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Intel’s Whiskey Lake and Amber Lake mobile CPUs are a token gesture at best

Intel has announced new 8th gen CPUs for the ultrathin and 2-in-1 mobile market. Whiskey Lake is joining the ultra-low power U-series lineup, and Amber Lake is taking on the extremely low-power Y-series. Just in time for OEMs to rebrand for the back-to-school sales rush.

Intel hasn’t managed to get its 10nm transistor process node off the ground in anything but incredibly low-performance mobile chips, and isn’t expecting to until this time next year. That means we’ve got a little while longer with the 14nm node – the same one mainstream CPUs have been built upon, in one form or another – since Skylake.

The latest 8th gen processors, despite arriving a year after Kaby Lake Refresh chips last year, aren’t taking on the 9th gen nomenclature for a very good reason – they’re all additions to Intel’s mobile lineup, and not next-gen replacements. Realistically, this means that they aren’t that much different to those before them. The only noteworthy differences include: slightly higher boost clocks, inclusion of integrated Gigabit Wifi, and a 14nm PCH.

In the U-series Whiskey Lake family, there’s the i7 8565U, i5 8265U, and i3 8145U. These chips will feature up to four cores and eight threads, and fit within a 15W TDP envelope. These will be included in ultrathin laptops, but will leave the super-ultra-extra-thin 2-in-1 market to the Y-series. Speaking of Amber Lake, we’ve got the i7 8500, i5 8200Y, and m3 8100Y entering the line-up, which will all be two-core and four-thread chips.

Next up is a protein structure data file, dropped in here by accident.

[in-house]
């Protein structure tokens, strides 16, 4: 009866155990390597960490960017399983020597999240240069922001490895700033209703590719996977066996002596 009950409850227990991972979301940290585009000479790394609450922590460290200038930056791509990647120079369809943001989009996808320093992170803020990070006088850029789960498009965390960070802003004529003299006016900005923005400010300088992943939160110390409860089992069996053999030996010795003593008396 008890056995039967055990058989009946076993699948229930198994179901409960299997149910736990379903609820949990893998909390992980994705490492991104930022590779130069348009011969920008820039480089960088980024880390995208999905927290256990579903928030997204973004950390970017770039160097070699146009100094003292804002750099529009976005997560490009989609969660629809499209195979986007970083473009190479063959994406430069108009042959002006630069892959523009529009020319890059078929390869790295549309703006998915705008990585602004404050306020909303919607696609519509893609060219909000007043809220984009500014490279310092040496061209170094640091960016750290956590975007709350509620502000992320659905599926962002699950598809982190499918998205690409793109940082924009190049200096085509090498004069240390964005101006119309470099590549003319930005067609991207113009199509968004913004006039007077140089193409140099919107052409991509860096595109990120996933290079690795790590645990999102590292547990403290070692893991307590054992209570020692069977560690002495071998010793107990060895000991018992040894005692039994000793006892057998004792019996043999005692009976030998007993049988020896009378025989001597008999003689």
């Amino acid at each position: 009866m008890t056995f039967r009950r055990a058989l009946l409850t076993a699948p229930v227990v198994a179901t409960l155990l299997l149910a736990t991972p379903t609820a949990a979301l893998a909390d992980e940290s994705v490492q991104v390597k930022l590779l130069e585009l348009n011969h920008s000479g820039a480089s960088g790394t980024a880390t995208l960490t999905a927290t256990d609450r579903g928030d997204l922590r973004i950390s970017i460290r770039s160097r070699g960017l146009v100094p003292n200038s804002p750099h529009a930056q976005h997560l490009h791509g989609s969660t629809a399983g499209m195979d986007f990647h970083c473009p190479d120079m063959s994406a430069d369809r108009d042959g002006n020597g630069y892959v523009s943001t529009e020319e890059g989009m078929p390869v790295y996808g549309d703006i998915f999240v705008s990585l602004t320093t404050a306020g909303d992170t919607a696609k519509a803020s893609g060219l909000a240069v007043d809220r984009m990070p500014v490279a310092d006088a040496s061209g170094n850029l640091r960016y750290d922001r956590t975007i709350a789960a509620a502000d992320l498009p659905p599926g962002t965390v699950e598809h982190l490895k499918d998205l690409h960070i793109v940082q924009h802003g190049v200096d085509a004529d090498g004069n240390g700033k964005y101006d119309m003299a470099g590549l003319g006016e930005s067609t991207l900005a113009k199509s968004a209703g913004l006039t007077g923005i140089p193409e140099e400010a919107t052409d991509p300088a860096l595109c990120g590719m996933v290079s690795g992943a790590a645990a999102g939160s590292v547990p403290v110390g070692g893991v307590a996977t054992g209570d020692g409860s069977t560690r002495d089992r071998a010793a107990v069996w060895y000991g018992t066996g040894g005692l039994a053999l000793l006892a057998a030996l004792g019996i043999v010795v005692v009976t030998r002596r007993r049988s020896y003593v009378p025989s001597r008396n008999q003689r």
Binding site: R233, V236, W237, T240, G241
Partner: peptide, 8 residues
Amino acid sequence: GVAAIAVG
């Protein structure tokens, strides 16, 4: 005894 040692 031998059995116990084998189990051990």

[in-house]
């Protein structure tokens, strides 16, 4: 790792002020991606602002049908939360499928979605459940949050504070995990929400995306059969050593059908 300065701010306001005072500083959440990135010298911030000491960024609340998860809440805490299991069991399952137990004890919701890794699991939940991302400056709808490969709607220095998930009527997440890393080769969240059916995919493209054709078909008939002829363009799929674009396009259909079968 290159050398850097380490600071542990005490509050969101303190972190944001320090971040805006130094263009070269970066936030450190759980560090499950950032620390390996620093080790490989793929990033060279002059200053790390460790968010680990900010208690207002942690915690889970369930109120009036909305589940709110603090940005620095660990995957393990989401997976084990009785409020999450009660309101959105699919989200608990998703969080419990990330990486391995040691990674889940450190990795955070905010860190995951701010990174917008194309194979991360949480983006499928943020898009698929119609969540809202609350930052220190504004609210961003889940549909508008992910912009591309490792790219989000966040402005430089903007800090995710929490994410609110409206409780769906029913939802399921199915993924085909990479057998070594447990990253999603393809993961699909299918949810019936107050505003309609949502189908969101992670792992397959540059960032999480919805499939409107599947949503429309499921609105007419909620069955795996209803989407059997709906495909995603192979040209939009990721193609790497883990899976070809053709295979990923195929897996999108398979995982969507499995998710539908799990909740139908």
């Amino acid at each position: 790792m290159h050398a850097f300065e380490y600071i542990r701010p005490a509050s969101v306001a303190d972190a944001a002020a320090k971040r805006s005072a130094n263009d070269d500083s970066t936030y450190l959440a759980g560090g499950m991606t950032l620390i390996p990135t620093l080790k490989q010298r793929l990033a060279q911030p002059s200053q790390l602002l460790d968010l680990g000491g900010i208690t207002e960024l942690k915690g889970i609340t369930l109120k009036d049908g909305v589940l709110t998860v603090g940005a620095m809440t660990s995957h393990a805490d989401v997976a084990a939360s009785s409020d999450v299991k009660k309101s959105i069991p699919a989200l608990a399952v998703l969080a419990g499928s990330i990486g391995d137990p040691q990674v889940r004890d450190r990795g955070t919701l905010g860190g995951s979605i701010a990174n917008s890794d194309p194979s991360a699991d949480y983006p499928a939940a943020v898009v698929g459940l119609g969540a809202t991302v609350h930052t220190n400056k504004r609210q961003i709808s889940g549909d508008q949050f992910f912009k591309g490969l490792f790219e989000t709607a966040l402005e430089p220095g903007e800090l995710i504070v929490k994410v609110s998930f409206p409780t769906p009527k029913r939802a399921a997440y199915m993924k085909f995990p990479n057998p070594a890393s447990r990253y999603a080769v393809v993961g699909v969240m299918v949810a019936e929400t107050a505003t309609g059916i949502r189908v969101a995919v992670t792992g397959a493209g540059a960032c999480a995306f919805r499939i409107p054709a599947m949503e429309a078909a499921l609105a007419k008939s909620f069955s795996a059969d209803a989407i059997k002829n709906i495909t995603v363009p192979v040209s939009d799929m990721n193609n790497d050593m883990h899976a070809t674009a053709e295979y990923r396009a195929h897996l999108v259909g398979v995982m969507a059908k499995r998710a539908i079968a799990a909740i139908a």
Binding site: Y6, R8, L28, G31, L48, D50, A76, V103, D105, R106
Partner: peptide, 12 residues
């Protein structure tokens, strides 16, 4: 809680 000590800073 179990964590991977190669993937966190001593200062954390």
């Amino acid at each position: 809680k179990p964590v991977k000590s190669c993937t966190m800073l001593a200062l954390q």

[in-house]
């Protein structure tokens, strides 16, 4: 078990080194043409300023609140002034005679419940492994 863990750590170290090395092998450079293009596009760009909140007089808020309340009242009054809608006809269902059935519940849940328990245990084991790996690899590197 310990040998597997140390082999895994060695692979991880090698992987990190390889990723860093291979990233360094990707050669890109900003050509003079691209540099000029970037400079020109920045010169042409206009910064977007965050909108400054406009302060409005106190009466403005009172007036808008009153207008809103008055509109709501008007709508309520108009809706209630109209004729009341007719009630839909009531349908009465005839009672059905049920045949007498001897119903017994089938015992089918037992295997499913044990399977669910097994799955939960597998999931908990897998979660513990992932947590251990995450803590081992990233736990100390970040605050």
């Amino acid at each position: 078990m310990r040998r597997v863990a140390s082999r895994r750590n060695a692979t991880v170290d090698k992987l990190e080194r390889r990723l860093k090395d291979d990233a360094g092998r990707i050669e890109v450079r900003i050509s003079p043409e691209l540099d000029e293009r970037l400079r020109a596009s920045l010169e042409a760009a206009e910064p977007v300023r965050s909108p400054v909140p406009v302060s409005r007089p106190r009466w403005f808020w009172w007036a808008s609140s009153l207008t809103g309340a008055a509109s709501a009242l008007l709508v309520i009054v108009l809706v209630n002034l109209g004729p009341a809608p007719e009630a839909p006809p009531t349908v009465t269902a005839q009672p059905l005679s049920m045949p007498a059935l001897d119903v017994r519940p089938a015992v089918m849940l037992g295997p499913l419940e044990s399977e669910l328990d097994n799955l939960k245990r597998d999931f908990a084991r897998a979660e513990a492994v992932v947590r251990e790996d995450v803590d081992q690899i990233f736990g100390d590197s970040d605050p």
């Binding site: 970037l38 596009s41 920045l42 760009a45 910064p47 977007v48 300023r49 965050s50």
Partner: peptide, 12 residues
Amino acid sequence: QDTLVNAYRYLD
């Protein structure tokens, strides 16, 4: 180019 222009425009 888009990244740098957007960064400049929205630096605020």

Intel 8th gen U-series chip and chipset diagram

Intel is focusing almost entirely on the improved connectivity this time around, with most of the performance benchmarks touted by Intel comparing these new chips to 22nm Haswell CPUs launched back in 2013, and not to Kaby Lake R chips from last year.

Also, because these chips follow on from Kaby Lake Refresh, it doesn’t look like Intel’s applied any of the in-silicon hardware patches necessary to totally mitigate the Spectre, Meltdown, and Foreshadow security bugs made public earlier this year.

Expect to see Intel’s latest mobile chips in laptops and 2-in-1s over the next few months. Aside from keeping OEMs happy with a shiny update, these new chips don’t offer a huge amount worth rushing out for.

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PCGN

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